State Services Minister Chris Hipkins yesterday unveiled the bit that was missing out of the Wellbeing Budget.
Launching his new Public Service Bill, Hipkins said the new legislation would allow the creation of joint ventures involving multiple Government departments and entities.
The ventures would be presided over by boards of departmental Chief Executives and would have their own budgets.
The funding will need to be covered off in changes to the Public Finance Act, which are expected to be unveiled early next year.
Hipkins described the new legislation as the biggest transformation of the Public Service in 30 years.
And he is starting by renaming the legislation from the State Sector Act to the Public Service Act.
POLITIK has previously reported on Hipkins thinking about his desire to return to an emphasis on public service and to allow for a more joined-up public service.
“The reforms will bring whole-of-government action – shifting agencies from working as single departments to working as one, unified Public Service, able to quickly mobilise and tackle specific issues,” he said yesterday.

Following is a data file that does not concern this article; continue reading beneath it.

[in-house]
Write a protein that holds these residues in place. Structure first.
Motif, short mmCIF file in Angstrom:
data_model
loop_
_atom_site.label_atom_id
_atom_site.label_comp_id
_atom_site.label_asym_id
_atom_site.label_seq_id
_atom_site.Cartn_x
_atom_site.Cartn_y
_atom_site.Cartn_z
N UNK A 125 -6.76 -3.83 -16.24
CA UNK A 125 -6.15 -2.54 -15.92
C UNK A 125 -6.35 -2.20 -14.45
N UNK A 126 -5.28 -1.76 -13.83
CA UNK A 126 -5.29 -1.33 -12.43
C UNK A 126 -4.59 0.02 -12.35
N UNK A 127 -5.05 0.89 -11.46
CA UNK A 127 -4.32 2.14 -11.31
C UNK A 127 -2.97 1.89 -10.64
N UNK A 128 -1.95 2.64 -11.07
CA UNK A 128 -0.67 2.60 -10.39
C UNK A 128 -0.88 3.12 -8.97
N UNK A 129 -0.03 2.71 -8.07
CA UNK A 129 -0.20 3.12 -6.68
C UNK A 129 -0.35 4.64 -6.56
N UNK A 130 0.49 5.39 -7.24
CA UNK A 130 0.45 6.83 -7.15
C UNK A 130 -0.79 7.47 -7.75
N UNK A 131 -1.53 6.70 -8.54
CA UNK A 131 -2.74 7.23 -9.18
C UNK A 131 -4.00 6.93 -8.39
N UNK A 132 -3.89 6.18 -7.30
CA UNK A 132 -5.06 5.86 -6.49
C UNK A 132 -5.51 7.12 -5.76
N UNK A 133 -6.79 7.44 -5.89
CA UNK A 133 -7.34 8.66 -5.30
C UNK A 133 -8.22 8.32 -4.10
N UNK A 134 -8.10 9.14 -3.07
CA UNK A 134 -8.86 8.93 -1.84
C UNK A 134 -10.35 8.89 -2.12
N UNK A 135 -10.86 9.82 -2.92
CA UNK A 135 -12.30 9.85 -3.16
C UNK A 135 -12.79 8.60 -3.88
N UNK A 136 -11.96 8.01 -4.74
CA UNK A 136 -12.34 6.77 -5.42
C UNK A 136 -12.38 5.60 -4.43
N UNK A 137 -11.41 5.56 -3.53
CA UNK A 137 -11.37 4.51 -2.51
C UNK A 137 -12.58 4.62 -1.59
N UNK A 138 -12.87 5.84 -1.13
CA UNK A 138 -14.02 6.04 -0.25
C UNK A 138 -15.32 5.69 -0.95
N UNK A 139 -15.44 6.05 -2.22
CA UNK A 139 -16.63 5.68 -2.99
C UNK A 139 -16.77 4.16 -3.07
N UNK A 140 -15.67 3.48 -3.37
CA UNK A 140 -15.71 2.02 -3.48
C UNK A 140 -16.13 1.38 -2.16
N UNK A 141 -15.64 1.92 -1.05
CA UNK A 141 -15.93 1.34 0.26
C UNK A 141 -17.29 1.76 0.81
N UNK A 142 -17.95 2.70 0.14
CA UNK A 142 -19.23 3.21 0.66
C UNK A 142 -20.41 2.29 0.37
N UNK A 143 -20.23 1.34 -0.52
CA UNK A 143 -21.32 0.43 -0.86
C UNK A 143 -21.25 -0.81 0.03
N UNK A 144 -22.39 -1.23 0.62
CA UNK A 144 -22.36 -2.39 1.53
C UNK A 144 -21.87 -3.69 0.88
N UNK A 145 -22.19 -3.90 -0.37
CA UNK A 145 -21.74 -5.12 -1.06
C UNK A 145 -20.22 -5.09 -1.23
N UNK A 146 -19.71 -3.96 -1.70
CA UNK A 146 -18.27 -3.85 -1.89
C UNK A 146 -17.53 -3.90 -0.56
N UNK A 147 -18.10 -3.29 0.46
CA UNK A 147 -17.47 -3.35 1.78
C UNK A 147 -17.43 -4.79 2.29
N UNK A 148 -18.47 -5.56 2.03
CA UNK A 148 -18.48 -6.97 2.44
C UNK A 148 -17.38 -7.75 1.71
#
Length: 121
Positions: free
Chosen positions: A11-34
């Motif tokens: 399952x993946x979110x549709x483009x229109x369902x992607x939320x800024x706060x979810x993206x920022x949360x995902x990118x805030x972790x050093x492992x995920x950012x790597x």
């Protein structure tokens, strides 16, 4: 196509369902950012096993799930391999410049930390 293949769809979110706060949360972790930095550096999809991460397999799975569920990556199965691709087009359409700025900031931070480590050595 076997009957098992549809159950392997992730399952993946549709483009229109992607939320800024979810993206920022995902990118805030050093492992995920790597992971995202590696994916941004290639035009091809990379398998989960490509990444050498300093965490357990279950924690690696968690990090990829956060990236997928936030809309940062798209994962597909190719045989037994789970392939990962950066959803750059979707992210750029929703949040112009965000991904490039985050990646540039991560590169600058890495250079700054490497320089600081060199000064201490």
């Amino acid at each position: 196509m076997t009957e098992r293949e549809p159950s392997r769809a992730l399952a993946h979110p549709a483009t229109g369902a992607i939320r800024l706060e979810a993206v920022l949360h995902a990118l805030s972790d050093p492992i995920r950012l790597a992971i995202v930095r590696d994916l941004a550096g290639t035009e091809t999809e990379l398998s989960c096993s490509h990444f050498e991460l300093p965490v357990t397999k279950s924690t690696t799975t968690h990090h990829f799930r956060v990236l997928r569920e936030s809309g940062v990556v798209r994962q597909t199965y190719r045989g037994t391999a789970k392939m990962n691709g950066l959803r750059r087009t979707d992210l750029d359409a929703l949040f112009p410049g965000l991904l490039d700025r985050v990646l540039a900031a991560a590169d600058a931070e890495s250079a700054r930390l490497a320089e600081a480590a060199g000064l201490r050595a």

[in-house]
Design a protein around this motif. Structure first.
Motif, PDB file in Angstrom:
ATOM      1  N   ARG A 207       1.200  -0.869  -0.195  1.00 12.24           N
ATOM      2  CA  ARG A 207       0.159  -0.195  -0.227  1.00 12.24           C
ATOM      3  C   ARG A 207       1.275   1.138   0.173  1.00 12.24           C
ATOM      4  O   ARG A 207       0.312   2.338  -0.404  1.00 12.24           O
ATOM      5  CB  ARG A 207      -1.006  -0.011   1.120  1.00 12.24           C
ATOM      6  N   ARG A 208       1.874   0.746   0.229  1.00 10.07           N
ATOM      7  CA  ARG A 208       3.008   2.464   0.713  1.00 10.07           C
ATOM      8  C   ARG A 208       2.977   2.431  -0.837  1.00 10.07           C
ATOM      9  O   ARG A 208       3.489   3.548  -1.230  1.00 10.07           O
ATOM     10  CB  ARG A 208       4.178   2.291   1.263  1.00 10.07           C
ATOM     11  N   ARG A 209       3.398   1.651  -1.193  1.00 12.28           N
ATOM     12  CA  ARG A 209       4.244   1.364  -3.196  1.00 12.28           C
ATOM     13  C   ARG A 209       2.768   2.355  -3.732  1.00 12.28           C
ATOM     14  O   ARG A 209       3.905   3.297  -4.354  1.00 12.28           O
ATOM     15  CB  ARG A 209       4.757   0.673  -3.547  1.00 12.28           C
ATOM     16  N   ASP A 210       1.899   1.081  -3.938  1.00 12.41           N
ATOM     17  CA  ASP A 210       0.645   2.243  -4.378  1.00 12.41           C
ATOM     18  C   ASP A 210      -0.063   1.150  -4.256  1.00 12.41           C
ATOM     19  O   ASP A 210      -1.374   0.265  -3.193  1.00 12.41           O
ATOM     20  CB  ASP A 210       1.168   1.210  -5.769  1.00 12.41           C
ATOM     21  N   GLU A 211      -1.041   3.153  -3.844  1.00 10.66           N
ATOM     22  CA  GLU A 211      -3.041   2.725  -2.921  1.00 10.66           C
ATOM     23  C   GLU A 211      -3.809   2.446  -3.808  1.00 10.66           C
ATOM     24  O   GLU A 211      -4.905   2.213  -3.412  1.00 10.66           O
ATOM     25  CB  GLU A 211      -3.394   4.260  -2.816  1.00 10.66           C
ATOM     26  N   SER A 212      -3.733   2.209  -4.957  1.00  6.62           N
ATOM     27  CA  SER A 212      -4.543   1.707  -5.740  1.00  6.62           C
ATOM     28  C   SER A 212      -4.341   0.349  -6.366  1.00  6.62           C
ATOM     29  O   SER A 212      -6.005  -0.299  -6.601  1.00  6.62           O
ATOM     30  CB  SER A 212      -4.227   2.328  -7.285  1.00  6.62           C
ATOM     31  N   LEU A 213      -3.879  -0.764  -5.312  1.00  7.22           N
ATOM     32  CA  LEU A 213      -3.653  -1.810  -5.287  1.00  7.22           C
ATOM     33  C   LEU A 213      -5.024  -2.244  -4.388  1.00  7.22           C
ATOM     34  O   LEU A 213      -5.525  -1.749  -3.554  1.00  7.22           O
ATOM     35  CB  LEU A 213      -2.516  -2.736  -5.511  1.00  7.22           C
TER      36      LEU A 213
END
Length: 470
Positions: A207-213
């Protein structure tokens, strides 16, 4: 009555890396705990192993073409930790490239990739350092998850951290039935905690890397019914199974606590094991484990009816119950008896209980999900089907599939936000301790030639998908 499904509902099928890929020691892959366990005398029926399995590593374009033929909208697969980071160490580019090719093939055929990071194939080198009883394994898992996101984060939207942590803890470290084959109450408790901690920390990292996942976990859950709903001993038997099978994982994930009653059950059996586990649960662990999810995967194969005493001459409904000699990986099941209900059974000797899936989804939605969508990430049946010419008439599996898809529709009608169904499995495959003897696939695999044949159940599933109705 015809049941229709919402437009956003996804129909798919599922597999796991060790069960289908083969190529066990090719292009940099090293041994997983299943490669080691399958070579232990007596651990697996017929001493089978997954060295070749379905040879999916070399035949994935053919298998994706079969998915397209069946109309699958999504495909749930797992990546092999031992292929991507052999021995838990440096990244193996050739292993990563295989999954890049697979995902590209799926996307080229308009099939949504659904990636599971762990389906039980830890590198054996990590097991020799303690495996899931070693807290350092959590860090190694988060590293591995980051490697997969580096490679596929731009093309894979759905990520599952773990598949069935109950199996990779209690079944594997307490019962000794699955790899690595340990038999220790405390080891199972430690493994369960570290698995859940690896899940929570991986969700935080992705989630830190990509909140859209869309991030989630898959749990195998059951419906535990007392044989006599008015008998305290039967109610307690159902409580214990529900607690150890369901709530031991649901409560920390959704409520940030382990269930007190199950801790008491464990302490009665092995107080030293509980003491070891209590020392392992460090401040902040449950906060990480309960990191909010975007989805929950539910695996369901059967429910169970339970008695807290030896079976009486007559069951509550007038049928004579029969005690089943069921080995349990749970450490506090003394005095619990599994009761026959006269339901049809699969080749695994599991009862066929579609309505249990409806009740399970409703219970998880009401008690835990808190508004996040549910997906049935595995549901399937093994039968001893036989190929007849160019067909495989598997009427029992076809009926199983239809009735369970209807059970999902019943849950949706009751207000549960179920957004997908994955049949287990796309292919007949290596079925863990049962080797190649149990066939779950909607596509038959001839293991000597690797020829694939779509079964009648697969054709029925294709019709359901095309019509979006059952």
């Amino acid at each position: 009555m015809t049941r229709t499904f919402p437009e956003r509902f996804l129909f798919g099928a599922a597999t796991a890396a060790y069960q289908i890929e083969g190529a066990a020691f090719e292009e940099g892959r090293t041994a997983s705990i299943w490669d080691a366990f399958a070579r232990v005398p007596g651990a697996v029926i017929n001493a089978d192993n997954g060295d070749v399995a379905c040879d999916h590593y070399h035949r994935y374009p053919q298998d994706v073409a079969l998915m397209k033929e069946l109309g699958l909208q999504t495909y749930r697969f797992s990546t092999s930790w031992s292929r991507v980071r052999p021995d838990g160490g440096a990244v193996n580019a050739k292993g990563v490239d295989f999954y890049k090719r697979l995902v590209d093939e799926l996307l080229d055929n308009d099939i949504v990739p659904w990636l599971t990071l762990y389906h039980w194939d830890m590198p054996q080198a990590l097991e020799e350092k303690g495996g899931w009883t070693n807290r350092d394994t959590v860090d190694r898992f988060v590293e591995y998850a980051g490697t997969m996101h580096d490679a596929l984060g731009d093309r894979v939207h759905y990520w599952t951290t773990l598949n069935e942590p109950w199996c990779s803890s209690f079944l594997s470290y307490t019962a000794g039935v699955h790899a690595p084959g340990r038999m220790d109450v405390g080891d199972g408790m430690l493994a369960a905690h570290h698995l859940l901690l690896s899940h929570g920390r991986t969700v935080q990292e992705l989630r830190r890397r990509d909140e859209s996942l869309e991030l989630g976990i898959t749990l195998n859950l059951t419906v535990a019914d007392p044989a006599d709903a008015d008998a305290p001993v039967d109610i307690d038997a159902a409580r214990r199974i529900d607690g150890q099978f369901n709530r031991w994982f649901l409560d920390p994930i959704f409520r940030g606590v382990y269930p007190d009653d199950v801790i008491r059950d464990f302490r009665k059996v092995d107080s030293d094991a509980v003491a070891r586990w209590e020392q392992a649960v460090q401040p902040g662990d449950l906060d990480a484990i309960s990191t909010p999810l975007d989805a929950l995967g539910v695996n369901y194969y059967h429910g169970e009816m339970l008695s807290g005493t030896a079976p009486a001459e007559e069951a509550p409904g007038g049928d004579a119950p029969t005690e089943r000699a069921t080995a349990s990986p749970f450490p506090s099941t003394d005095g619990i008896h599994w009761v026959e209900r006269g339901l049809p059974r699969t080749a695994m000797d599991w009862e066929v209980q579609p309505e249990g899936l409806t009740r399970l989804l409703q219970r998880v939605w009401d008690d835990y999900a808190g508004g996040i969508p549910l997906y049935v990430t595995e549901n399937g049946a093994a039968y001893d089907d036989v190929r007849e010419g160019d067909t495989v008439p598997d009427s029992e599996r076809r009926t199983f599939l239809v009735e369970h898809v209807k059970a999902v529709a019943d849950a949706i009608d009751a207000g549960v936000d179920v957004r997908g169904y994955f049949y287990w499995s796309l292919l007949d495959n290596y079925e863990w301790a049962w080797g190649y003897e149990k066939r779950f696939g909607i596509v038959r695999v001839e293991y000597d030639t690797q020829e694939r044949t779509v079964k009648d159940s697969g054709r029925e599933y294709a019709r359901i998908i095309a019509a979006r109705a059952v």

“The reforms will mean leaders in the Public Service will take joint responsibility for the whole of the Public Service, rather than just individual agencies, to tackle the country’s big challenges.
“It will be easier to deploy public servants to work on single-issue challenges.”
Values like “spirit of service” to the community, political neutrality and frank advice and merit-based appointments will be embedded in the legislation.
The Act will include a stand-alone clause about the expectations of the public service in relation to Te Tiriti o Waitangi/the Treaty of Waitangi.
“In other words, the Act will recognise the responsibility of the Public Service – including Crown Agents – to support the Crown to fulfil its responsibilities under the Treaty,” he said.
“This will also mean chief executives have a collective responsibility to develop cultural competence and capability, for supporting Māori leadership within the public service and ensuring the public service engages with and has strong relationships with Māori.”
These values and Treaty obligations will now extend to all Crown agencies such as ACC, district health boards, Housing NZ, New Zealand Transport Agency and NZQA.
But the ability to create joint ventures will be one of the most radical consequences of the legislation and will enable the Government to assign sp[ecific well-being targets to those joint ventures.
Hipkins, more or less admitted that the inability to do this had been a problem with the well-being budget.